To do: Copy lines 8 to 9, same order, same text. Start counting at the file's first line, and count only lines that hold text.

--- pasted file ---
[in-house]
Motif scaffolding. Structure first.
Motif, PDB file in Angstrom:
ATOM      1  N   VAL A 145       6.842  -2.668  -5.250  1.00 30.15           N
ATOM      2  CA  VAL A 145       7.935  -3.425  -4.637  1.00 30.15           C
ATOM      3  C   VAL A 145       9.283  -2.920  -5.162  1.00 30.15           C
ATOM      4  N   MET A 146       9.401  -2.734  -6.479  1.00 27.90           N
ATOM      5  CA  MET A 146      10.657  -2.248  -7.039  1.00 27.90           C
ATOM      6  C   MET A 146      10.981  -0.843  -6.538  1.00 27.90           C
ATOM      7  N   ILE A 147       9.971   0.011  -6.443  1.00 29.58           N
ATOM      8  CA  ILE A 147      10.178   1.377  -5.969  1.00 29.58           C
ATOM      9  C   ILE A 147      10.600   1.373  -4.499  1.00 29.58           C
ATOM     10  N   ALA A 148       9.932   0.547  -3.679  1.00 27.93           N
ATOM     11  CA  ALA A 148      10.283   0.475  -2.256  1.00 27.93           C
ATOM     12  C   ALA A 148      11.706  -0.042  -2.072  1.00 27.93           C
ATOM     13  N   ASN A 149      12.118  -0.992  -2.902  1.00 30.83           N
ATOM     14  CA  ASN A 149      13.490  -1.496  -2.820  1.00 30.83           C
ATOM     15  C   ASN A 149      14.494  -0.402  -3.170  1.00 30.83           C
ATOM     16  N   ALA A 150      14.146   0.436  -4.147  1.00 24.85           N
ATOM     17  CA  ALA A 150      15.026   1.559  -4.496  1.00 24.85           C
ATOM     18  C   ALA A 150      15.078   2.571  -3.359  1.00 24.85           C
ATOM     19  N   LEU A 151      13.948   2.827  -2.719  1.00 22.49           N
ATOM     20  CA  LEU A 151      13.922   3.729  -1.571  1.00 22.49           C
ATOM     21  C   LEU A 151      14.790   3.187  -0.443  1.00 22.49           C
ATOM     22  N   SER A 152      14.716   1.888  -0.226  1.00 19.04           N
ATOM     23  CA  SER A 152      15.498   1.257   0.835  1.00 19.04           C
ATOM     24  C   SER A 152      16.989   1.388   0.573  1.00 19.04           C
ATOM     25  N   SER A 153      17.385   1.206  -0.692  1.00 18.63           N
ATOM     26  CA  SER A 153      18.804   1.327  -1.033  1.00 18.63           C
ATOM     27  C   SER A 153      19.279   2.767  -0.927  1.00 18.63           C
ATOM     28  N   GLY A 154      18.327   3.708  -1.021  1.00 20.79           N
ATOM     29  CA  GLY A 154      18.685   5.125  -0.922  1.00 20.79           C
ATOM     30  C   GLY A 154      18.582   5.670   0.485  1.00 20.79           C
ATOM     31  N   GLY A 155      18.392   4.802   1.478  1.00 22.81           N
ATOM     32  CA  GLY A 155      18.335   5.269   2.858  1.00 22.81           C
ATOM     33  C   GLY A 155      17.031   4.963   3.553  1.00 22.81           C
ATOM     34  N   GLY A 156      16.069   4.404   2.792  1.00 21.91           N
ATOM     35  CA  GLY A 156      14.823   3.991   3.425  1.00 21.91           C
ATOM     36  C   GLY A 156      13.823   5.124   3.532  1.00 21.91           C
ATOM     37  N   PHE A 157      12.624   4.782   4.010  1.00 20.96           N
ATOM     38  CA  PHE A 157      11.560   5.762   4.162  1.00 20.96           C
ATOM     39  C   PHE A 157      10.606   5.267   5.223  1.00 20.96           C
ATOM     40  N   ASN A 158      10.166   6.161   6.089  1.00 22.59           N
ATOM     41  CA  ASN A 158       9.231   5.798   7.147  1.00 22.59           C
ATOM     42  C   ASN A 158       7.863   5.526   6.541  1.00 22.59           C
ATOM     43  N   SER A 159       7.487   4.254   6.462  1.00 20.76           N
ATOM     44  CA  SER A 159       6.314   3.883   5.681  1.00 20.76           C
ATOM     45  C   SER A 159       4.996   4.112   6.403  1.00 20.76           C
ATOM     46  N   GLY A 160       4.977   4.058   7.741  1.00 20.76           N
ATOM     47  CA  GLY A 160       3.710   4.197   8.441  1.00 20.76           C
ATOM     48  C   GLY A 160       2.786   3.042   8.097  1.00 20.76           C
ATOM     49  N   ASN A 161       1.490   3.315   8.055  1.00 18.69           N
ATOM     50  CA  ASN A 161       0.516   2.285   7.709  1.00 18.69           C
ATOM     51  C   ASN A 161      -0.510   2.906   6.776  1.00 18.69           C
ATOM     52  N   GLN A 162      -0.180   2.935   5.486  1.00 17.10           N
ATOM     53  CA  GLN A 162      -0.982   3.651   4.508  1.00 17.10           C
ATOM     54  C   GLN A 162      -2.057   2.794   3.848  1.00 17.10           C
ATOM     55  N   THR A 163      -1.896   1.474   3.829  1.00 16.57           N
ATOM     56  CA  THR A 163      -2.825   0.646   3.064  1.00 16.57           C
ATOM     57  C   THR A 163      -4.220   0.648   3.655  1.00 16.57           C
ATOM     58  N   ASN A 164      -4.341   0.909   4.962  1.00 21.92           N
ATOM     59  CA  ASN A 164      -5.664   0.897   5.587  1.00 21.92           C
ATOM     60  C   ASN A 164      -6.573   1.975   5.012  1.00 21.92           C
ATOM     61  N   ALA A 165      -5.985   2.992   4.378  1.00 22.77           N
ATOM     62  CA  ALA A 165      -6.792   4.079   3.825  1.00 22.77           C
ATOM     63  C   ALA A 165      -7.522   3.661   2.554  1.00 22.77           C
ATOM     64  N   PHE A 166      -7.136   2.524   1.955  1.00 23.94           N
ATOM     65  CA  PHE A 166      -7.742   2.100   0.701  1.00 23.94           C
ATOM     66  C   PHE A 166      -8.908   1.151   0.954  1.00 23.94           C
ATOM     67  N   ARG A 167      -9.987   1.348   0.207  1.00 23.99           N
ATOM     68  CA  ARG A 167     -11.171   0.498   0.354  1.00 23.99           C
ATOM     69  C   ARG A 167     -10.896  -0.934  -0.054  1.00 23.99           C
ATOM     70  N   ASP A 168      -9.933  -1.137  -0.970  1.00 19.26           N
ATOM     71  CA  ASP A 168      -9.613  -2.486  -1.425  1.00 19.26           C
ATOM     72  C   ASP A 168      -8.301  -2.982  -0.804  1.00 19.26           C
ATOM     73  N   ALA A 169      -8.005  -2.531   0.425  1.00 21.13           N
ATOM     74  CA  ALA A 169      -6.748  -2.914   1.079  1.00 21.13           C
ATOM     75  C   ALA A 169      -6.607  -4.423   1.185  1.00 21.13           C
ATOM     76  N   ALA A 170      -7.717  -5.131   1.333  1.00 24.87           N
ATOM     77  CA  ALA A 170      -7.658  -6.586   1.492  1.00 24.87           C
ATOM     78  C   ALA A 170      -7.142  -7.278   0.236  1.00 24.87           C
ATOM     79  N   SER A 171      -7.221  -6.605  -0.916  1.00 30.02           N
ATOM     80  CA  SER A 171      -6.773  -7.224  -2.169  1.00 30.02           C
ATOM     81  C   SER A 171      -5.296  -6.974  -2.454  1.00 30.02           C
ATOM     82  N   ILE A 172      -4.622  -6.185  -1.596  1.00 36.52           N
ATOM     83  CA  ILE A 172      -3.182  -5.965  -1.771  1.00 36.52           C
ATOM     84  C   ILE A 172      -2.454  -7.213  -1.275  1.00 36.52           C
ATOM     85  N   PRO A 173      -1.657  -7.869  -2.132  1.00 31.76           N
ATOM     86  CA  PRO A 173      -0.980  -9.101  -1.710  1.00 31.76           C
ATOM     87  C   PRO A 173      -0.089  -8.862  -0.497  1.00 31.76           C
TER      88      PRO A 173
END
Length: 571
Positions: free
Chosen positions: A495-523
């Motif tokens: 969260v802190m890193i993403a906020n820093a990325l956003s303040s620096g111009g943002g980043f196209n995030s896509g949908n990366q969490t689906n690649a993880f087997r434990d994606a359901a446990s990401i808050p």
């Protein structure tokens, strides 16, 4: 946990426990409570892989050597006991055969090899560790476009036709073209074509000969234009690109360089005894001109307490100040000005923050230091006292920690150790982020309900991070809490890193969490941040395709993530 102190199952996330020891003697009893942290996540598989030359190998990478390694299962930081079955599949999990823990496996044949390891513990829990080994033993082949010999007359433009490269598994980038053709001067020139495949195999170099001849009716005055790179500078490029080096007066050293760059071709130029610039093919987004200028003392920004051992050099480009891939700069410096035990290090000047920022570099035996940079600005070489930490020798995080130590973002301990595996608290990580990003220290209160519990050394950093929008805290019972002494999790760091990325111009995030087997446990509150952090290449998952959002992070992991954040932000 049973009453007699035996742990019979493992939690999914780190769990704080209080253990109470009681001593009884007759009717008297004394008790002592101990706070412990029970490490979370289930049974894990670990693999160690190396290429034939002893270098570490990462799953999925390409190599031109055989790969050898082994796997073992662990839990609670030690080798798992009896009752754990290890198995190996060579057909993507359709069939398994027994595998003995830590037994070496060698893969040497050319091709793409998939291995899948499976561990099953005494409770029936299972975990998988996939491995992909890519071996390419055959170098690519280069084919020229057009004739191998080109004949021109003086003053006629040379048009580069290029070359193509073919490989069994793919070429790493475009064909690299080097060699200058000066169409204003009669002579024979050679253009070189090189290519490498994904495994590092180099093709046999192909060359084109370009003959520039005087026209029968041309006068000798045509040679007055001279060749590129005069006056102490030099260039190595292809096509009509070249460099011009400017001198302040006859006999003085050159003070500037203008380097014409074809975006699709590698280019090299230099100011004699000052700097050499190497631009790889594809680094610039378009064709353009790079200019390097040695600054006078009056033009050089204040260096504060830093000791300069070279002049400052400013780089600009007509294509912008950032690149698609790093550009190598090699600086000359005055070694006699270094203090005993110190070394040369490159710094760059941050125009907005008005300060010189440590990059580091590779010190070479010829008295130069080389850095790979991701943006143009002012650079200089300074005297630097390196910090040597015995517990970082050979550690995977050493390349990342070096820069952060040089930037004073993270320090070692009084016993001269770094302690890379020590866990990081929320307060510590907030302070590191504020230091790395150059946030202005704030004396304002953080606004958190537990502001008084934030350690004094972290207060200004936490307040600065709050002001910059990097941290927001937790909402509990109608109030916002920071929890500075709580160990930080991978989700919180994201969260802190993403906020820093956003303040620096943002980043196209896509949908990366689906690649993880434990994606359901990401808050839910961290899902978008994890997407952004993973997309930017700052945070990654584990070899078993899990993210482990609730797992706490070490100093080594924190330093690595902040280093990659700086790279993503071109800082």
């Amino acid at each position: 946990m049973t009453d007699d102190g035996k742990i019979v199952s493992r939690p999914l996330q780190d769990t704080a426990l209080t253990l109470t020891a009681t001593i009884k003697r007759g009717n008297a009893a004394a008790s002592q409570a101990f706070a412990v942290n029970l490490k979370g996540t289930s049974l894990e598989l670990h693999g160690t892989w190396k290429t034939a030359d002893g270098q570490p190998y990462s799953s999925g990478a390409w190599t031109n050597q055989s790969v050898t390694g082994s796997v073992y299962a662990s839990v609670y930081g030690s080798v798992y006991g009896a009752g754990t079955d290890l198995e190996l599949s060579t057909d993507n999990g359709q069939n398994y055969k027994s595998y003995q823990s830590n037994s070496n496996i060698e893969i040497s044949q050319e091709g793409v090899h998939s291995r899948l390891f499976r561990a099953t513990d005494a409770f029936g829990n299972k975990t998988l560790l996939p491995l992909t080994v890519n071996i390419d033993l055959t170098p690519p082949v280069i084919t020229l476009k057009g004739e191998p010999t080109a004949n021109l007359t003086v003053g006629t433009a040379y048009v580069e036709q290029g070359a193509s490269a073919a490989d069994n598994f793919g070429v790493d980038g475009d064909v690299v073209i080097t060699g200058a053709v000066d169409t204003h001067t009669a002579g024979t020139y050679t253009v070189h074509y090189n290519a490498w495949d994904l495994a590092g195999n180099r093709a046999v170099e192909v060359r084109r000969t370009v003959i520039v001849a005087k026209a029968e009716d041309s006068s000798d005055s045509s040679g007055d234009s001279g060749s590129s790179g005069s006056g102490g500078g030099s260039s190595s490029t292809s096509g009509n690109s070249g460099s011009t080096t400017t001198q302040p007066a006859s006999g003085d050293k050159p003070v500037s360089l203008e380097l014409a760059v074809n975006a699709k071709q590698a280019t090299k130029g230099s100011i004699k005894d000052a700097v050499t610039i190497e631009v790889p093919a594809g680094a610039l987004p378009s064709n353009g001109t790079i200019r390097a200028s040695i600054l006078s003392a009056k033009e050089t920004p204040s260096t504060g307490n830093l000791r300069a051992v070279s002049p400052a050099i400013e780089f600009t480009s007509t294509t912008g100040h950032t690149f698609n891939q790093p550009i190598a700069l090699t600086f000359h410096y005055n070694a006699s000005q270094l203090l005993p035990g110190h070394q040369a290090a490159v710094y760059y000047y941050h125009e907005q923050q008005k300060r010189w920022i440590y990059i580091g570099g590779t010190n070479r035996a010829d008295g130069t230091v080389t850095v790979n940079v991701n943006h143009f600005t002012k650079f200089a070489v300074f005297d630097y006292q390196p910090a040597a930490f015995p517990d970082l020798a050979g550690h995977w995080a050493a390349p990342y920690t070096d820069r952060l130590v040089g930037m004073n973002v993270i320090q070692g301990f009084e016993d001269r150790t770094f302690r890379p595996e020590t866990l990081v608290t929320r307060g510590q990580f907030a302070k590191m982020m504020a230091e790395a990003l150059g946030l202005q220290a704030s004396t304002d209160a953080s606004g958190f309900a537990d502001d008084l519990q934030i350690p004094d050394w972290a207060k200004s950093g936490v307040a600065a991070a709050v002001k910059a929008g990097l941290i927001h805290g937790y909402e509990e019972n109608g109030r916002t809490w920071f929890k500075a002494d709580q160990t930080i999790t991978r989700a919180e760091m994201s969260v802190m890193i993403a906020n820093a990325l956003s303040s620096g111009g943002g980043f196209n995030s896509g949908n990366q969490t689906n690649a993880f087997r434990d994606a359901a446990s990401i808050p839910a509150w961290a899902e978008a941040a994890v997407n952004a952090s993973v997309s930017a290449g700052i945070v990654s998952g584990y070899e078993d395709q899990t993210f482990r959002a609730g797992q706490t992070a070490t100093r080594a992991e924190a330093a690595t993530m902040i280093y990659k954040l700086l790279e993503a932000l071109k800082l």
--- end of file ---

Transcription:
ATOM      5  CA  MET A 146      10.657  -2.248  -7.039  1.00 27.90           C
ATOM      6  C   MET A 146      10.981  -0.843  -6.538  1.00 27.90           C